Any doubts about Justin Verlander’s Hall of Fame credentials should have disappeared on Saturday night.
With his fourth inning strikeout Los Angeles Angels outfielder Kole Calhoun, Verlander became the 18th pitcher in major league history to record 3,000 career strikeouts. His milestone punchout came with a unique twist, however, as the curveball skipped away from catcher Robinson Chirinos. The wild pitch allowed Calhoun to reach first base, but the strikeout was recorded just the same.
Justin Verlander's strikeout of Kole Calhoun was his 3,000th of his career.— Sarah Langs (@SlangsOnSports) September 29, 2019
Calhoun reached base (wild pitch).
It's just the 3rd of Verlander's 3,000 K (and counting) where the batter that struck out reached base.
Two innings later, Verlander would strike out Kole Calhoun again to reach another milestone. For the first time in his storied career, Verlander reached 300 strikeouts in a single season. Teammate Gerrit Cole had already notched 300 strikeouts this season, which puts them in exclusive company.
Teammates with 300 K each in a single season:— Sarah Langs (@SlangsOnSports) September 29, 2019
2019 Astros -- Gerrit Cole & Justin Verlander
2002 Diamondbacks -- Randy Johnson & Curt Schilling
Verlander’s 3,000th strikeout represents another medal on the chest for one of the most decorated pitchers in baseball history.
The 36 year old has an MVP, Rookie of the Year, Cy Young Award, World Series championship and eight All-Star appearances to his name. Excluding his MVP and Cy Young season in 2011, Verlander has only gotten better in the past two years.
In two full seasons with Houston, Verlander has amassed a 15.0 WAR.
He didn’t exactly decline over his latter years with the Detroit Tigers -- having finished second in Cy Young voting during his last full season in Detroit -- but he also went five years between All-Star appearances until 2018.
Even though he wasn’t starting from scratch, Verlander was revitalized in Houston. Beginning with an incredible stretch run, an ALCS MVP award and, eventually, his first World Series victory in 2017, he’s posted his best season in nearly a decade this year. He also recorded his third no-hitter of his career on Sept. 1 in Toronto, becoming the eighth pitcher in major league history to throw a no-hitter with multiple teams.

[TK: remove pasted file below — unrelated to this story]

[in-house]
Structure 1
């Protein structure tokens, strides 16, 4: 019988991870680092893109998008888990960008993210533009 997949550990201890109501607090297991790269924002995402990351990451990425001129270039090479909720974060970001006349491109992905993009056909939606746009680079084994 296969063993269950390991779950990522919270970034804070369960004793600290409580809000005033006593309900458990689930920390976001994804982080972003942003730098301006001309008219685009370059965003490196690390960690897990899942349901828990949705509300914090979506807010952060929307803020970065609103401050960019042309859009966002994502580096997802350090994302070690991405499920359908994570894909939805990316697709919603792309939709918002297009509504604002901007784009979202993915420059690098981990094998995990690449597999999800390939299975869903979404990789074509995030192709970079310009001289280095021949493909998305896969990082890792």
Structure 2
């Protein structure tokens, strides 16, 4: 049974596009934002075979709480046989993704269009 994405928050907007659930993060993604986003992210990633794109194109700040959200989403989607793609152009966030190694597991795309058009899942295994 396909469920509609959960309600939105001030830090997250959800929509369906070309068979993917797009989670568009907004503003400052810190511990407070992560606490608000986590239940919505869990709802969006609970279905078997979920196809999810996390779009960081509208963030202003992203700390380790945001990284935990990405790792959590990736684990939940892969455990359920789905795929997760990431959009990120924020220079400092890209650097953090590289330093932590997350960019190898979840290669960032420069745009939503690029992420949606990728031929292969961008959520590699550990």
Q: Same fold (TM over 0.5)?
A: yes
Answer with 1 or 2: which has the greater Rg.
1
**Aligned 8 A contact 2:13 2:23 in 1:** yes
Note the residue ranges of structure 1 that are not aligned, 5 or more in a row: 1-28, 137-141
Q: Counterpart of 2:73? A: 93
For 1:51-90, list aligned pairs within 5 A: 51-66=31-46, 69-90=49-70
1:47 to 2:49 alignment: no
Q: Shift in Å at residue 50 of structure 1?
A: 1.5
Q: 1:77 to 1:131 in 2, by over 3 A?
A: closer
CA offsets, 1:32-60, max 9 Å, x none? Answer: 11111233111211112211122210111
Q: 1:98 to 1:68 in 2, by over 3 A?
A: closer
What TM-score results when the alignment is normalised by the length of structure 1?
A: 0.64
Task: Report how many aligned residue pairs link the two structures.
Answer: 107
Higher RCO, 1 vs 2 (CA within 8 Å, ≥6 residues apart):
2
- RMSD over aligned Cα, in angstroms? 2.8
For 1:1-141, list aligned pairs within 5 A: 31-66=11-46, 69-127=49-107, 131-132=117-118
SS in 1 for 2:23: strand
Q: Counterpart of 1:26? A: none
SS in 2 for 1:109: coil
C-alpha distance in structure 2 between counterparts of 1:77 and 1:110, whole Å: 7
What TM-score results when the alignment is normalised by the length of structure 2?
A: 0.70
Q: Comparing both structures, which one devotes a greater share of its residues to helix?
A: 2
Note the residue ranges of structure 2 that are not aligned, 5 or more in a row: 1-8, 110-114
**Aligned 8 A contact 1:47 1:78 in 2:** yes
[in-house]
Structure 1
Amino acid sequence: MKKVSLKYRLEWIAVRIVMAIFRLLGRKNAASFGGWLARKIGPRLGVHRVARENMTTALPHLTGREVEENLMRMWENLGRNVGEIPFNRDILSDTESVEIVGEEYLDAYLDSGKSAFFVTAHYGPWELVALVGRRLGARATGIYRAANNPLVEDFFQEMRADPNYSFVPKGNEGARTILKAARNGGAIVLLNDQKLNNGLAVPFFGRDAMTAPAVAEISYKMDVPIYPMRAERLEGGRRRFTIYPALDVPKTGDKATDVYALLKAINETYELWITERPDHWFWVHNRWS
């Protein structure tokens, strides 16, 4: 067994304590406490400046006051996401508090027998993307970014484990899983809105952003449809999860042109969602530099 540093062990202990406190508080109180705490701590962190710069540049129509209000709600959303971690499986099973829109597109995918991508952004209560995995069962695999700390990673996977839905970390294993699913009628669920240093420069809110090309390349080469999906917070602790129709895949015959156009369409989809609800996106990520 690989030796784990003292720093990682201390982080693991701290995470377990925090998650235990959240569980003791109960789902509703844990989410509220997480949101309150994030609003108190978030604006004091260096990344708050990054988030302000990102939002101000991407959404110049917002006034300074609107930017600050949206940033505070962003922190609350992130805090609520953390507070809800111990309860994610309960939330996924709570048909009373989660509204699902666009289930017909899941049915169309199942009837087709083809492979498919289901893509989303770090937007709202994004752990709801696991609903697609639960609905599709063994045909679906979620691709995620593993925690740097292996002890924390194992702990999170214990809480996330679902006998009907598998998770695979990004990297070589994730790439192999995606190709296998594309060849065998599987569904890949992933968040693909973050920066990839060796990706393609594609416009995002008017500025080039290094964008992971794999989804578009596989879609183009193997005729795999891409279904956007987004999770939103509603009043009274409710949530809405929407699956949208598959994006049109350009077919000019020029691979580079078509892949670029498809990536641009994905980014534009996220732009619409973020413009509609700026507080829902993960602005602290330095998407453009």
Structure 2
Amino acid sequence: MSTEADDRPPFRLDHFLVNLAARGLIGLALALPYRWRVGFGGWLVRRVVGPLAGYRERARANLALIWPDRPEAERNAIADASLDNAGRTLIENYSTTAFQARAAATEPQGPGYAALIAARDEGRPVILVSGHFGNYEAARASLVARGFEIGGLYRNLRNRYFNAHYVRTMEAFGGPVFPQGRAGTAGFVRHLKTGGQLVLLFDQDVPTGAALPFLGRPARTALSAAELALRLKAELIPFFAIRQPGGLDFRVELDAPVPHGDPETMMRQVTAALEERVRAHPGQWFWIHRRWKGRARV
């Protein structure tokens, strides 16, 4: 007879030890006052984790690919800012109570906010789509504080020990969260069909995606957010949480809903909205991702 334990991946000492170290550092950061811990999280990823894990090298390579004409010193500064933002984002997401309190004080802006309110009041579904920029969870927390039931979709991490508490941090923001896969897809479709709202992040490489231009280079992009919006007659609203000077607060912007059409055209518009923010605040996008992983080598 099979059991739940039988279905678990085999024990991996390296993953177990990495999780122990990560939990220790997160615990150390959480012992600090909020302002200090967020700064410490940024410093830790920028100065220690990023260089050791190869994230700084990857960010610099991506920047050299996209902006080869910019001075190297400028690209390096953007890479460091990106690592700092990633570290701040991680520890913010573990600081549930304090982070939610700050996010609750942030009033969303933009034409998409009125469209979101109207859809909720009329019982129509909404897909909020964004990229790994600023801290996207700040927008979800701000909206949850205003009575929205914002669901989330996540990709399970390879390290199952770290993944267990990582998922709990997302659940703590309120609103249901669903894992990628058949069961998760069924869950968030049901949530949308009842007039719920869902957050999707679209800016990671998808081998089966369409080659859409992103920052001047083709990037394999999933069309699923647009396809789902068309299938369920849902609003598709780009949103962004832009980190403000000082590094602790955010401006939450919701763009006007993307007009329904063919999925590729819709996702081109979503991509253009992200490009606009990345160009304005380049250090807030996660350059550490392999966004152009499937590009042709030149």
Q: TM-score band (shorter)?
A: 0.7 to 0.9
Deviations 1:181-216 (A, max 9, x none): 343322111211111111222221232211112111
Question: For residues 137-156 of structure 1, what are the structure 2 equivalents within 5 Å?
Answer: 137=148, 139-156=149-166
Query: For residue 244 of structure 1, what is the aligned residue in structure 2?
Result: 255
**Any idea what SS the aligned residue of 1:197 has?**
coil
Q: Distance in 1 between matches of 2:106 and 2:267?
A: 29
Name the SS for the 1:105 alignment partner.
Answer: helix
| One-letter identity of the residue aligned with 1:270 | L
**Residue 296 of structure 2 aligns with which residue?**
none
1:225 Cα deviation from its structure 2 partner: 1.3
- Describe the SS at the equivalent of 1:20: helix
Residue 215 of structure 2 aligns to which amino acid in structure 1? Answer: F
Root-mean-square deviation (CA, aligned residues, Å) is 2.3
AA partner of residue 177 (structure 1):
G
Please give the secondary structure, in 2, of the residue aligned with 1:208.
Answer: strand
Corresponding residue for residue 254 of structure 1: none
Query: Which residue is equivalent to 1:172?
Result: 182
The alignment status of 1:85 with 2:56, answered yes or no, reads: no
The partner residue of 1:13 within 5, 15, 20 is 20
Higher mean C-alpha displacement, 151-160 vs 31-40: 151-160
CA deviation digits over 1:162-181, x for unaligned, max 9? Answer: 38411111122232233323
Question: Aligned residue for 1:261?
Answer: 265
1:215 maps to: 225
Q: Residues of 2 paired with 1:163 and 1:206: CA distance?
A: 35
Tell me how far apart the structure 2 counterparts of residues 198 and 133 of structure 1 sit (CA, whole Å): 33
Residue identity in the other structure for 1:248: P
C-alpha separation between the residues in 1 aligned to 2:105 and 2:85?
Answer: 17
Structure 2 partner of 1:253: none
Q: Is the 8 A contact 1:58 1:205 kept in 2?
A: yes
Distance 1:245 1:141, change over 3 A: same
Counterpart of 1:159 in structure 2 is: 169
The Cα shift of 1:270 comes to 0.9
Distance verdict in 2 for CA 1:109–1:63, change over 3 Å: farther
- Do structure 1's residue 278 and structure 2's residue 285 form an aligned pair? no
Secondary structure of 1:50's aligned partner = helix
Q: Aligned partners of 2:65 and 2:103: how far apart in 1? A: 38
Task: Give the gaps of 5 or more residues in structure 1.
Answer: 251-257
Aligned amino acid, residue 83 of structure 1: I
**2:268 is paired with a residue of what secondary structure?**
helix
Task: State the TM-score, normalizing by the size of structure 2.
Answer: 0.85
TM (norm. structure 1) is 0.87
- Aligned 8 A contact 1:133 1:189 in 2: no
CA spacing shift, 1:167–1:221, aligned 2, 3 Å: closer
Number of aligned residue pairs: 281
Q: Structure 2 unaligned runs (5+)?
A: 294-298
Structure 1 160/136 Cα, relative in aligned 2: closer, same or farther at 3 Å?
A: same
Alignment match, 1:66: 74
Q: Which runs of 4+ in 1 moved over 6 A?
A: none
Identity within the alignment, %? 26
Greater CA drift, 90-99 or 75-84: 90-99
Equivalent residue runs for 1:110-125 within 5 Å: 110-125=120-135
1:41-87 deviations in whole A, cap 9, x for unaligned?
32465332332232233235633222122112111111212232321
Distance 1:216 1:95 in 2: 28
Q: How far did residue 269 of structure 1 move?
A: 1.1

This season’s American League Cy Young Award race is more or less a toss up between Verlander and his Houston teammate Gerrit Cole, who is scheduled to pitch the season finale against the Angels on Sunday.
Their numbers are incredibly similar, only Cole has more strikeouts in fewer innings pitched, so the edge probably goes to him. But Verlander should be looking at his eighth top-five finish in the Cy Young voting.
He’s owed $66 million from the Astros over the next two seasons, and will have to anchor the Houston rotation if Cole departs in free agency.
Verlander proves that the modern game can catch up to a veteran, but he’s continued to carve out success anyway. His 36 home runs allowed are a career high and the fifth most among qualified pitchers this season.
For the most part, he’s clearly been able to work around the long ball. But an Aug. 21 game against his former club showed there’s a real downside to Verlander’s new-age problem. Verlander threw a complete game against the MLB-worst Tigers, allowed two hits and struck out 11. But both hits were solo shots, and the Astros lost 2-1.
If he can iron out his home run issues, he could be realistically be the best pitcher in baseball -- a title which some may argue he already holds -- during his age 37 season next year. Of course, it helps to pitch in an organization that knows how to work its magic on talented starters.
Verlander and Dodgers great Don Newcombe are the only pitchers to ever win all three major awards. Newcombe, who died this February at the age of 92, is one of the Hall of Fame’s all-time greatest snubs.
It’s unlikely that the voting committee will make that mistake with Verlander, whose resume is certainly better than Newcombe’s. On top of that, Verlander is showing no signs of slowing down.
He might not even need to, but if Verlander can stay on anything close to his current pace for the remainder of his current contract, the next debate won’t be about his Hall of Fame credentials. But it will instead be about whether he’ll get in on the first ballot.
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